Poltergeist was, by several accounts, a very, very heavily storyboarded movie, and the story runs that Spielberg was the guiding force behind these. It's also been suggested that once Hooper had finished shooting, he wasn't involved in the editing process. However, on the other side of the coin, it's been stated since that the whole Spielberg-directed-Poltergeist rumour was deliberately leaked to the press as the studio was wary at the time of having a movie from the director of The Texas Chainsaw Massacre.

For far more debate on the matter, here's a terrific link, from which we sourced the above L.A. Times quote.

STAR WARS: RETURN OF THE JEDI Named director: Richard Marquand
But was it actually: George Lucas

There's a compelling argument that suggests that George Lucas works best when he's in partnership with another strong filmmaker. As such, bringing in Irvin Kershner to direct The Empire Strikes Back, under his stewardship, delivered results that are still talked about nearly three decades later.

But what of Return Of The Jedi? It was credited to Richard Marquand, who would go on to helm Jagged Edge before his death. Yet, before Star Wars entered his life had a low-key resume. The Welsh director, however, was rumoured to not get on particularly well with the actors on Jedi, and according to an interview back in 2004 with Irvin Kershner, Lucas and Kershner's assistant director actually took over in that department.

Since then, Lucas has played down the suggestion that the two had a poor working relationship. Marquand's side of the story, however, was never told, given that he died at the age of just 49 from a heart attack, back in 1987.

Incidentally, Lucas was rumoured to have asked the Director's Guild of America (DGA), an organisation he'd had spats with in the past, to adjust the credits of Empire and Jedi for the later editions to give him a co-directing credit. The credits remained unchanged, although there was never convincing corroboration to back the story up.

THE THING FROM ANOTHER WORLD Named director: Christian Nyby
But was it actually: Howard Hawks

An acclaimed thriller from 1951 starring Margaret Sheridan and Kenneth Tobey, The Thing From Another World is based on the a story by John Campbell, about scientific researchers in the Arctic who discover a spaceship in the ice. What's more, they find the pilot of the craft too, take him back to their base, thaw him out, and mayhem inevitably ensues.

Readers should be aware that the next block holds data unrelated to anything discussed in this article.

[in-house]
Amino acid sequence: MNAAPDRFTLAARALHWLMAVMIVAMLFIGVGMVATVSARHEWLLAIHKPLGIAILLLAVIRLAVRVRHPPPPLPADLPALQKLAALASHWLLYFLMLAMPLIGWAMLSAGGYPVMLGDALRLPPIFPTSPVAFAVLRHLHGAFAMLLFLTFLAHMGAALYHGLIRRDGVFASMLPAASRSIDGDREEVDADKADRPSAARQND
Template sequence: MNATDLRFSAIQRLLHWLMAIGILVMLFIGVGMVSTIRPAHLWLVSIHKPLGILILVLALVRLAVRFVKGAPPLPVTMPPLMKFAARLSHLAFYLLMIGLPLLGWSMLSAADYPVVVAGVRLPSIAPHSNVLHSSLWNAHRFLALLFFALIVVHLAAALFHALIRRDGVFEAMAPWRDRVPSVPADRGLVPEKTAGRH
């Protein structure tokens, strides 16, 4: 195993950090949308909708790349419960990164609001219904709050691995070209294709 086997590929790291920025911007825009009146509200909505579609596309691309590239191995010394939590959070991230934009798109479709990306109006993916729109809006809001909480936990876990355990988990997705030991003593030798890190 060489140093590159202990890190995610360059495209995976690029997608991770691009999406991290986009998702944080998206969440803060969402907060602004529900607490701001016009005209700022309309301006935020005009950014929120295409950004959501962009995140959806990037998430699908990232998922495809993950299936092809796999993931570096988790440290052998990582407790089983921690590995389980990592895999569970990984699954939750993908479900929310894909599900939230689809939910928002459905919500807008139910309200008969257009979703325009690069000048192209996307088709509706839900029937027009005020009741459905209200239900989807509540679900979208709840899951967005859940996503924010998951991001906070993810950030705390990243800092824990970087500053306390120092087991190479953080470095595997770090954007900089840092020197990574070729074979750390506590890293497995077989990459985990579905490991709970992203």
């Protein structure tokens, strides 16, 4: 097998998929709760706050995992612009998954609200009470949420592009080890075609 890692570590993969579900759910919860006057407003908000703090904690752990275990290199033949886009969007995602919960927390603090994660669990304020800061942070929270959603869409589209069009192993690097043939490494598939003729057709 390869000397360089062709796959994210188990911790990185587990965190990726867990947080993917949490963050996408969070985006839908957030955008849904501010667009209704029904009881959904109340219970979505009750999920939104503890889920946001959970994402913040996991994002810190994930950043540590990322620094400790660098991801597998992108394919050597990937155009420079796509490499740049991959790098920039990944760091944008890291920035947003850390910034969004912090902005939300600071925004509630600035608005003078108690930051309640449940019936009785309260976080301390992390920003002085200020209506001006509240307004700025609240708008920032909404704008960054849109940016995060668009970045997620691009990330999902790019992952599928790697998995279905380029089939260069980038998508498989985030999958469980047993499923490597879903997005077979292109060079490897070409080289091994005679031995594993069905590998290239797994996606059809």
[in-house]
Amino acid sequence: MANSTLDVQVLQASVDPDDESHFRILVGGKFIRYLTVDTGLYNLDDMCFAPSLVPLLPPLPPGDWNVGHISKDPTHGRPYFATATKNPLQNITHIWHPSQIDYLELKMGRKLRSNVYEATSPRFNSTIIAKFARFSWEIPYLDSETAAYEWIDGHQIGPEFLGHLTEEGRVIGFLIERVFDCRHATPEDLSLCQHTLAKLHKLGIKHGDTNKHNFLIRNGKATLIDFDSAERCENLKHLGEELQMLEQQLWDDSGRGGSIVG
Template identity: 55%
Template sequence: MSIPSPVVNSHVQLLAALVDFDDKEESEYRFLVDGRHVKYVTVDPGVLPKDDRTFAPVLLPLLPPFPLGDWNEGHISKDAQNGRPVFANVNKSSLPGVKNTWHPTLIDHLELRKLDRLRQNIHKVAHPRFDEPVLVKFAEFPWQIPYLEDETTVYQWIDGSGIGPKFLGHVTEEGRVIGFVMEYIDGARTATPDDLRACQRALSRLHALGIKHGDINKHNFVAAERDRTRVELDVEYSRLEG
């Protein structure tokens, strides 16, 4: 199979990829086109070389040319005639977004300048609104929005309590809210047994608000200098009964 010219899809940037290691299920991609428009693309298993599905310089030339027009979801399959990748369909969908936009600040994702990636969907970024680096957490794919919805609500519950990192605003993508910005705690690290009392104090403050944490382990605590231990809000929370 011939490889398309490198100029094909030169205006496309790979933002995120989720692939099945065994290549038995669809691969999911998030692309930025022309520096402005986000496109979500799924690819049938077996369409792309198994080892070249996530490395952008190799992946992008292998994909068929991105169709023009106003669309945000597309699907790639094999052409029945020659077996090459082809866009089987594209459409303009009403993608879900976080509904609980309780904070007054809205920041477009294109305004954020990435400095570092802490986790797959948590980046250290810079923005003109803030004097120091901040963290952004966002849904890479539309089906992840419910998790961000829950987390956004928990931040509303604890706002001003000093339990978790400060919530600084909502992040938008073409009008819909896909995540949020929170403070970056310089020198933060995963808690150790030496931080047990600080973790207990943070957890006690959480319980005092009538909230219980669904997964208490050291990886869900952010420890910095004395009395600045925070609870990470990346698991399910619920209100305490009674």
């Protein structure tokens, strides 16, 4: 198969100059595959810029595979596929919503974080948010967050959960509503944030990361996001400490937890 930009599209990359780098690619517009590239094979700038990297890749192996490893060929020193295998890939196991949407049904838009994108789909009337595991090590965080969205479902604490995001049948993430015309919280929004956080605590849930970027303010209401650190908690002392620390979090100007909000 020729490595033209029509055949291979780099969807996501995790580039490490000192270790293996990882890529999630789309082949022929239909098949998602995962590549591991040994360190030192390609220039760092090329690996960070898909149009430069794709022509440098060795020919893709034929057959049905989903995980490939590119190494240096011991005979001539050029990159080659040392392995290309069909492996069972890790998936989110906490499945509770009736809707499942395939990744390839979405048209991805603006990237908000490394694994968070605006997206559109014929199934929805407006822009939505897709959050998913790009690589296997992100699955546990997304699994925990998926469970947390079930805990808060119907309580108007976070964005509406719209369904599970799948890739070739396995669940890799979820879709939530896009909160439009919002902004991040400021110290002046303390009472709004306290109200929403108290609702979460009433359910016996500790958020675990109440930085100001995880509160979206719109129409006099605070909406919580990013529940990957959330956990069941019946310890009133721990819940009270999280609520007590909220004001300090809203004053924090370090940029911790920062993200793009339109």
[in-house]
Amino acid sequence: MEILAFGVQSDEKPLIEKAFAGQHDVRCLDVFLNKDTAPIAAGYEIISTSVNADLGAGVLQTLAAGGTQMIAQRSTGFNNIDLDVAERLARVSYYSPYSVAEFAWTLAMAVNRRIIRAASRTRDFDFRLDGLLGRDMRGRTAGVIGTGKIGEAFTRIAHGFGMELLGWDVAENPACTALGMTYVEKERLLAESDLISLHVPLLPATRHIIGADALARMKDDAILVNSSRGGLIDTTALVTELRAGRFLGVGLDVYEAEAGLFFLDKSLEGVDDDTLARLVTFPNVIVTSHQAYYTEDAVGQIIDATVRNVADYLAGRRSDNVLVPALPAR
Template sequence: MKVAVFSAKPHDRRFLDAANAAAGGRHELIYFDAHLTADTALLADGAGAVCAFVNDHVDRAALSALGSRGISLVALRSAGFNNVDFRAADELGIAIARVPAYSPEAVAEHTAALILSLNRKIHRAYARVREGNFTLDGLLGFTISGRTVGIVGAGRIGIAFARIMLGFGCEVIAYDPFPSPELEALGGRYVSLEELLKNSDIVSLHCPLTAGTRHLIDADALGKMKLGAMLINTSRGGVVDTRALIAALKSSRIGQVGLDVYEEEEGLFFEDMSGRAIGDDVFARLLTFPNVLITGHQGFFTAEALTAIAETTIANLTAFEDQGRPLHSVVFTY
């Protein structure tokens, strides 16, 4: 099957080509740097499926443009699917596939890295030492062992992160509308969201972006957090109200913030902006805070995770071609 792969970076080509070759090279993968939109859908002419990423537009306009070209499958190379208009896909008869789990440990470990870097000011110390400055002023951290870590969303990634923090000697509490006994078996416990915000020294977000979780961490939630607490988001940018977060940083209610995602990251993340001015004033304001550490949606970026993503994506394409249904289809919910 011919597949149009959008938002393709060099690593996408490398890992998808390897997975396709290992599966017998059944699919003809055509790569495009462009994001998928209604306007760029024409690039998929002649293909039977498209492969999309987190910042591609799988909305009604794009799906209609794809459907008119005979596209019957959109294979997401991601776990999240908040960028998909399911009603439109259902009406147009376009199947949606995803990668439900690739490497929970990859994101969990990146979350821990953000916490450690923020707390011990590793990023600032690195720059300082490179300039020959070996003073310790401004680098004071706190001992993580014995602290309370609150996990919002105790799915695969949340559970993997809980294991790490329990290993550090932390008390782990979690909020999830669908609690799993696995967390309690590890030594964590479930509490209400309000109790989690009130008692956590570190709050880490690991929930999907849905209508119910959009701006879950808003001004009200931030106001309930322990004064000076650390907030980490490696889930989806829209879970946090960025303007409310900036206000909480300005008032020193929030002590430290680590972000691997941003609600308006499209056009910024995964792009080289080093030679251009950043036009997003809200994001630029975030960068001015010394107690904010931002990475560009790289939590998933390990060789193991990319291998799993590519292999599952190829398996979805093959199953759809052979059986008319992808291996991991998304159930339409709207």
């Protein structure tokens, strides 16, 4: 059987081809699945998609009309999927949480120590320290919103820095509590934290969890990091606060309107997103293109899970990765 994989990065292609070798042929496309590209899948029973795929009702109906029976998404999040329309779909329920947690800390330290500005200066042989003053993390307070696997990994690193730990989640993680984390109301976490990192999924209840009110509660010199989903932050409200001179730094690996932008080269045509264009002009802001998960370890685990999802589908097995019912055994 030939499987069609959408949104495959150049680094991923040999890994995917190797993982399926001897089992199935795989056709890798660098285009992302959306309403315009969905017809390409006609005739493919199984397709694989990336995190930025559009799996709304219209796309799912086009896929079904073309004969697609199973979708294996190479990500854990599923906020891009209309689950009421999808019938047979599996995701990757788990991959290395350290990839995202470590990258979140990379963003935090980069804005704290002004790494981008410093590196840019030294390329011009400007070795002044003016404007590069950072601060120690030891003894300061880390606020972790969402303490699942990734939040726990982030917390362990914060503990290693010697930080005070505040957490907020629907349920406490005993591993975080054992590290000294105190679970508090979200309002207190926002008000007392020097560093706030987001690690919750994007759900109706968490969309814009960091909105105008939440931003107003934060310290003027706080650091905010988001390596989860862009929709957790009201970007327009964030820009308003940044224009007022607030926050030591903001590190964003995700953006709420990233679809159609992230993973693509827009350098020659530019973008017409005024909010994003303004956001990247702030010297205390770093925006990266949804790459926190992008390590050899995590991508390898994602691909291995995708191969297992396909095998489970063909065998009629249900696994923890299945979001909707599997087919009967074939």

The film was credited to Christian Nyby, a director with TV shows such as The Fugitive, I Spy, Perry Mason and Rawhide littering his CV, and who also edited Hawk's pictures for a while. The Thing From Another World was his first directorial credit, however, yet there's a strong core of opinion that suggests it was actually Howard Hawks calling the shots.

Hawks is credited as being producer of the film, but there have been heavy suggestions that he took a far more hands-on role. Nyby himself was said to have conceded that Hawks was influential on set, while Kenneth Tobey reportedly said that the latter was definitely in charge. James Arness, meanwhile, who played The Thing, apparently refuted this and was adamant it was Nyby directing.

The general argument is that the style of the film is more in keeping with the Hawks back catalogue as opposed to what Nyby would go on to make. Yet, as an article at B Monster argues, given that Nyby was schooled in the Hawks way of making films, that's arguably not much of a surprise. That article is here.

As things stand, this one's never been 100% cleared up. IMDb chickens out and lists them both, but we may never definitively know whose hand was at the helm. Whoever it was, it's still a terrific film, though.

TANGO & CASH Named director: Andrei Konchalovsky
Rumoured director: Albert Magnoli, Stuart Baird

Andrei Konchalovsky was always an unusual choice to direct what turned out to be a much-loved 80s action vehicle for Kurt Russell and Sylvester Stallone. Yet the production itself was fraught with problems. Konchalovsky eventually took directing credit, but amidst the walkouts and changes in personnel that plagued the film, he was fired by producer Jon Peters. He was in good company: original director of photography Barry Sonnenfeld - who would go on to direct the Men In Black movies, amongst others - was sacked, reportedly at the behest of Stallone.

The film was still in production when Konchalovsky got his marching orders, and it was Albert Magnoli who was brought in to finish the shoot. Even then, though, the job of cutting the movie together went to someone else, with Stuart Baird reportedly overhauling the film in the edit suite (a service he's provided to other productions, too).

With further rumours about more cooks spoiling the broth, it's difficult to come up with a single name as the director of Tango & Cash. And while it's not unusual for a director to lose control of their film in the edit suite, it's far rarer for it to happen while cameras are still rolling.

As such, Konchalovksy gets the credit, but it's hard to say that it was ultimately he who directed the end product.